There are no current species formally considered to be at conservation risk, though several are troglobites limited to one or a few caves or cave systems, and these species run an exceptionally high risk of extinction.
In the past, a contact pheromone was assumed to be responsible for the aggregation and arrestment behaviour observed in Zygentoma. It was later found out that the aggregation behaviour is not triggered by pheromones, but by an endosymbiotic fungus, Mycotypha microspora (Mycotyphaceae), and an endosymbiotic bacterium, Enterobacter cloacae (Enterobacteriaceae), both present in the faeces of the firebrat, Thermobia domestica. It was also shown that firebrats detect the presence of E. cloacae based on its external glycocalyx of polysaccharides, most likely based on its D-glucose component. Mycotypha microspora is only detected by firebrats in the presence of cellulose, suggesting that metabolites of the enzymatic cellulose digestion by M. microspora (such as D-glucose) serve as the aggregation/arrestment cue. A follow-up study showed that gray silverfish, Ctenolepisma longicaudata, also respond with arrestment to Mycotypha microspora, but not so the common silverfish Lepisma saccharina.
Furthermore, direct current-powered low-level electromagnetic coils with static electromagnetic fields were found to induce attraction or arrestment behaviour in Lepisma saccharina and Thermobia domestica. This behavioural trait has potential application in traps for Zygentoma, and a respective patent has been issued.
The Lepismatidae is the largest family and they include the physically largest specimens. The family is cosmopolitan with more than 200 species. Many are anthropophilic, living in human habitations. Some species are inquilines in ant colonies.
The Nicoletiidae are smaller, pale in colour, and live in soil litter, humus, under stones, in caves (with reduced eyes) or as inquilines in ant or termite colonies. The subfamily is subdivided into five subfamilies.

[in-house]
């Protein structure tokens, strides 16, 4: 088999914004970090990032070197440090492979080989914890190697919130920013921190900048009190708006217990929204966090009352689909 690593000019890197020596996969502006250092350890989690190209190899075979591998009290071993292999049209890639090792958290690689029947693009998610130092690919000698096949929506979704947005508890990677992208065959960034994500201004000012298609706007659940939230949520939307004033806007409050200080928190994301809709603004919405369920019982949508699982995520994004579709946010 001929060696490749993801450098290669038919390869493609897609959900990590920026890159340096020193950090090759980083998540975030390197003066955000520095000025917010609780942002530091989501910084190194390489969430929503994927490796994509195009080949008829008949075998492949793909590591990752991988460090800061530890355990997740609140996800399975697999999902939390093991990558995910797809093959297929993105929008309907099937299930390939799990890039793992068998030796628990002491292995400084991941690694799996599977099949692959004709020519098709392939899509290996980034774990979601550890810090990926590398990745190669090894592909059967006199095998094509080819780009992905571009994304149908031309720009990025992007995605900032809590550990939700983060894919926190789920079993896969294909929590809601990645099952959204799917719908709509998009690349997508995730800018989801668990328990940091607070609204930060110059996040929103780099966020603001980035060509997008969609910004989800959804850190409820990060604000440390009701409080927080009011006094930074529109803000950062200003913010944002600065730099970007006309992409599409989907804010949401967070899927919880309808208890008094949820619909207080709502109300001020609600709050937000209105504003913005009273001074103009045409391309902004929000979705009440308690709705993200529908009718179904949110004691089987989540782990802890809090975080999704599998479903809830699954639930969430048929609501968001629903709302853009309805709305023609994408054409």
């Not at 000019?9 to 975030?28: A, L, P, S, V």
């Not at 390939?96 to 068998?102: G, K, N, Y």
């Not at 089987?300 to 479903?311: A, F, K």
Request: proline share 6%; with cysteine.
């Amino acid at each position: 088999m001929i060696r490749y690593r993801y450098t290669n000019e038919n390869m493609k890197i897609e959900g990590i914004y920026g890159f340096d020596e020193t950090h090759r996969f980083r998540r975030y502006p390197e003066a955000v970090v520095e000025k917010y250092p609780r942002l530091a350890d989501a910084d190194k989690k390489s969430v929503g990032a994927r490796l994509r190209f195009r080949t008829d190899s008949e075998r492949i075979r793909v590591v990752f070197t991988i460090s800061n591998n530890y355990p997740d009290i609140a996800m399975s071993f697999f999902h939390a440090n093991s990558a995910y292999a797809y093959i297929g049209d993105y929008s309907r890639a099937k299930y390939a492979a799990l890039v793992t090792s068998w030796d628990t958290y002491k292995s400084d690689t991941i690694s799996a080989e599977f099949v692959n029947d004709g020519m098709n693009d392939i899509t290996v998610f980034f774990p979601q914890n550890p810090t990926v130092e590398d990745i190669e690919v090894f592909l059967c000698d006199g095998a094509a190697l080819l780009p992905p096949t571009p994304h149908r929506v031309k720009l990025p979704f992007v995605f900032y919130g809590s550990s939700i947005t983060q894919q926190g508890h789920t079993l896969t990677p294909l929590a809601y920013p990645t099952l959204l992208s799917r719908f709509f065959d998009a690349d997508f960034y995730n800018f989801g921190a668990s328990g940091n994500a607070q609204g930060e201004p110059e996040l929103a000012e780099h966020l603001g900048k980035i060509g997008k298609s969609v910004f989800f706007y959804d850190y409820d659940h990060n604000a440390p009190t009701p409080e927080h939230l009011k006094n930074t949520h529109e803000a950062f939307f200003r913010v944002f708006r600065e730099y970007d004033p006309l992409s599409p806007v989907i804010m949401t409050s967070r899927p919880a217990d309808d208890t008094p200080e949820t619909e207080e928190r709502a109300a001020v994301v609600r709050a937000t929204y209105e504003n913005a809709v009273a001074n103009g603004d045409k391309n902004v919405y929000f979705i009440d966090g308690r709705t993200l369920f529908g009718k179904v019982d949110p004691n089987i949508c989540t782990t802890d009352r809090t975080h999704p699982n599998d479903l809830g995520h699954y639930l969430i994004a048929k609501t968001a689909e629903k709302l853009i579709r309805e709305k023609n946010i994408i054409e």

The Maindroniidae comprise three species, found in the Middle East and in Chile.
Silverfish have an elaborate courtship ritual to ensure the transfer of sperm. The male spins a silken thread between the substrate and a vertical object. He deposits a sperm packet (spermatophore) beneath this thread and then coaxes a female to walk under the thread. When her cerci contact the silk thread, she picks up the spermatophore with her genital opening. Sperm are released into her reproductive system, after which she ejects the empty spermatophore and eats it.
As ametabolous insects, silverfish continue to moult throughout their life, with several sexually mature instars, unlike the pterygote insects. They are relatively slow growing, and lifespans of four to up to eight years have been recorded.
Research for biofuel production
Since silverfish consume lignocellulose found in wood, they are one type of insect (along with termites, wood-feeding roaches, wood wasps, and others) currently being researched for use in the production of biofuel. The guts of these insects act as natural bioreactors in which chemical processes break down cellulose. They have been studied in the hope of developing commercially cost-effective biofuel production processes.